The NBA has allowed their players to choose from a premade list of social justice messages to wear on the back of their jerseys, and several Brooklyn Nets have unveiled their choice.
French forward Timothe Luwawu-Cabarrot, for example, will wear “Liberté” on the back of his jersey. It’s short for the French motto, “Liberté, égalité, et fraternité,” or freedom, equality and fraternity.
“I think freedom means a lot to everybody especially right now,” Cabarrot said. “I think that’s something that is due to everybody and everybody deserves it, so that’s what I’m going to wear on the back of my jersey.”
Caris LeVert has chosen to wear “Black Lives Matter” on the back of his jersey, and Joe Harris submitted two choices: The first was “Equality,” and the second was “Vote.”
Nets veteran guard Garrett Temple had a different approach. Temple appeared in a virtual interview with CNN Newsroom where he unveiled his choice to don ‘Education Reform’ on the back of his jersey.
Temple, who doubles as a Vice President for the National Basketball Players Association (NBPA), said education is a pathway to create real, tangible change in the communities players come from.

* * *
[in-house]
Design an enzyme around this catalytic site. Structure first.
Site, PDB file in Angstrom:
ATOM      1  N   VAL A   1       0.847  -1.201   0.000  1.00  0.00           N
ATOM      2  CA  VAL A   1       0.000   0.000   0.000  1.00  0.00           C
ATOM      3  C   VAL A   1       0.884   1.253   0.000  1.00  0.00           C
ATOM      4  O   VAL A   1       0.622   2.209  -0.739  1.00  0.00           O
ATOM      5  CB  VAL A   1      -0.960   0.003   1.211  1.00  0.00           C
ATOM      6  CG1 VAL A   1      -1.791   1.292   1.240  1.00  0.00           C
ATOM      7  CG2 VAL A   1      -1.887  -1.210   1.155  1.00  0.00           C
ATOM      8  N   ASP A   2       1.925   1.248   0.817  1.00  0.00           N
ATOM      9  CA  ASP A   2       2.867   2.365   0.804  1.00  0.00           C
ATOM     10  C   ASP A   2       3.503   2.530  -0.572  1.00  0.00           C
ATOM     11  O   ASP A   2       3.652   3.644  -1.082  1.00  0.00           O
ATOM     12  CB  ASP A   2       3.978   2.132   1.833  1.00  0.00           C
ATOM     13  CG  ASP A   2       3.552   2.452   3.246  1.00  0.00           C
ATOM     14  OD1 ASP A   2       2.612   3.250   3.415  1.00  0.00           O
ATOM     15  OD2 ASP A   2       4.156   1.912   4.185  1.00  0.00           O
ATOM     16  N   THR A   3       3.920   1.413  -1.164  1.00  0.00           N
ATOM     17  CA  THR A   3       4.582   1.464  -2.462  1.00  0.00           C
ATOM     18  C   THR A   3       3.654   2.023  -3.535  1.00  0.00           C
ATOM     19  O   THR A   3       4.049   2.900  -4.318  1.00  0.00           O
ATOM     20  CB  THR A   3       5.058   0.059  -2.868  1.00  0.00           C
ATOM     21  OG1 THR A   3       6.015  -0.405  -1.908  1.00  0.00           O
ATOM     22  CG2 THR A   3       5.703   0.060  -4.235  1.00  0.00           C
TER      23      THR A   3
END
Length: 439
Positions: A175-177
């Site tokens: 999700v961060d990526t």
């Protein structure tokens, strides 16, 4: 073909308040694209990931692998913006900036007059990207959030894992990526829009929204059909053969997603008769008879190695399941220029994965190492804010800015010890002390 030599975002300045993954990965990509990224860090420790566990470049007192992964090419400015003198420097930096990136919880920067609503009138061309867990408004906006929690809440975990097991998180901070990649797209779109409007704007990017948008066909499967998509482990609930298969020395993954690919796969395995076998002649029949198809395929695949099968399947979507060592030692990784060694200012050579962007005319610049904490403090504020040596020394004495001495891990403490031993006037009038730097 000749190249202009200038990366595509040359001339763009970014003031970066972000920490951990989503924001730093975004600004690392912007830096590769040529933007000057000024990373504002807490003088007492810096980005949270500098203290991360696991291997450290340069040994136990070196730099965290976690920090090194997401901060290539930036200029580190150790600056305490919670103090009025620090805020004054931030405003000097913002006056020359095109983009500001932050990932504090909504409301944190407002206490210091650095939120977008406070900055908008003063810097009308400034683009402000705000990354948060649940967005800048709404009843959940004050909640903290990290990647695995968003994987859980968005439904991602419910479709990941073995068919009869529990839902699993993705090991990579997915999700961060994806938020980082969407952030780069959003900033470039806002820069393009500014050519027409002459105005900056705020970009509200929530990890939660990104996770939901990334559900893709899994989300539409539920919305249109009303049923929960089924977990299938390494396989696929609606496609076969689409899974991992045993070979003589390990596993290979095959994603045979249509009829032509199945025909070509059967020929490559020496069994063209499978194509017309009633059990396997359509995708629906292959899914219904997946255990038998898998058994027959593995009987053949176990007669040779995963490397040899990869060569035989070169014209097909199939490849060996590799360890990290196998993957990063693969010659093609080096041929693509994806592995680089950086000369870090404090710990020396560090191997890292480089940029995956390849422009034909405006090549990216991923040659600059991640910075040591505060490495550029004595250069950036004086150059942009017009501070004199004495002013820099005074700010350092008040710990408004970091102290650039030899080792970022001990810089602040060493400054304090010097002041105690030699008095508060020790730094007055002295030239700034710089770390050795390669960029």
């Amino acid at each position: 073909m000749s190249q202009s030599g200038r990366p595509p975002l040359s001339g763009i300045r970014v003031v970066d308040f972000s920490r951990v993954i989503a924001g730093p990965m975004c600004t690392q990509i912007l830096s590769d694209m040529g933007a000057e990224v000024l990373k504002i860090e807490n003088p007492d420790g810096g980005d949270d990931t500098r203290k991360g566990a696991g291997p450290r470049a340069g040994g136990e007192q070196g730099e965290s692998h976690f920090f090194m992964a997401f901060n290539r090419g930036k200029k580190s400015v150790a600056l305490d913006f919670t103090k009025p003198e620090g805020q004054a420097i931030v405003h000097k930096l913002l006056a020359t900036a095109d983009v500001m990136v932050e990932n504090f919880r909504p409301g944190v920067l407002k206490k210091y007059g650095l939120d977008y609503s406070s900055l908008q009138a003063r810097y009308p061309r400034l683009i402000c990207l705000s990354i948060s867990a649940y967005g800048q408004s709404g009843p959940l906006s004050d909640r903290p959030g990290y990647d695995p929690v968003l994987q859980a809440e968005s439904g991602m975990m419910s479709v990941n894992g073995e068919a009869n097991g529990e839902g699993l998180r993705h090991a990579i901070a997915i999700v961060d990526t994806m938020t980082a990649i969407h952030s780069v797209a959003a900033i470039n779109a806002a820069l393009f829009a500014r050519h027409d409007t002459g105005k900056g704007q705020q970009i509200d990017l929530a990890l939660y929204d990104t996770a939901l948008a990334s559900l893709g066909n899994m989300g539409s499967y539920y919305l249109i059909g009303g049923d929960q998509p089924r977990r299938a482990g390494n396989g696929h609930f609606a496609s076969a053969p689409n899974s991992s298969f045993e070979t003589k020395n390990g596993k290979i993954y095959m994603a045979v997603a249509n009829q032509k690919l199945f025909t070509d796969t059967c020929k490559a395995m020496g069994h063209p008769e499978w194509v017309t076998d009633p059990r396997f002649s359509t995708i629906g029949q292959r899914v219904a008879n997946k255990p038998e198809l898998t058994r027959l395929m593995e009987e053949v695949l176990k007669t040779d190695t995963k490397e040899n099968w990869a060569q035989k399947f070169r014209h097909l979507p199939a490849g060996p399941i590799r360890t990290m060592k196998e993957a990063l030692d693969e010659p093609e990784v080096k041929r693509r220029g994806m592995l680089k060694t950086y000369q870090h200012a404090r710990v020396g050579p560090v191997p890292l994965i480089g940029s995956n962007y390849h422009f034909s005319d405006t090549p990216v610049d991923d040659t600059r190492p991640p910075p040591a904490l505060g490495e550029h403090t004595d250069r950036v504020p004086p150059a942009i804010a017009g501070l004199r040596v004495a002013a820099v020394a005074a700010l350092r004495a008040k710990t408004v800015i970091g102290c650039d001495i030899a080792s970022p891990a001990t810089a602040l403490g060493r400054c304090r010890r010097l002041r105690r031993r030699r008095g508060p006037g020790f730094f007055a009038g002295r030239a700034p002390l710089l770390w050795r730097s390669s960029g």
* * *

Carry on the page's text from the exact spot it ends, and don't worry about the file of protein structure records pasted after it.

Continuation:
“We in the Black community have been marginalized so much, there’s so many different things that need to change in order to allow us to get better chances. I think that education is something that’s very much needed. It’s fallen by the wayside in most cases,” he said. “The public-school system isn’t nearly where it needs to be in a country as powerful as ours. Allowing people to be educated, allowing people to learn more things, maybe even changing some curriculum to make things more applicable to real-life scenarios, I think is something that really needs to happen.
“And give people more of an opportunity, once they get out of school, to use that education to make a better living for themselves and be contributors to society in an economic way. So education has been very important to me and my family. I know how much it can help and change someone’s life.”
Education isn’t only for the youth, either.
As the focus shifts from protests in the aftermath of George Floyd’s killing in Minneapolis back to basketball, Nets head coach Jacque Vaughn has tried to keep his players informed as a method of keeping the conversation alive.
“That is really the true challenge. The basketball part will be easy, but to continue to invest in the bigger picture and the broader message to our entire group, and that comes through education,” Vaughn said. “We’ll continue to push that as an organization. It is definitely on the forethought of our coaching staff, our GM, our ownership. It will not be removed because the ball is bouncing again.”
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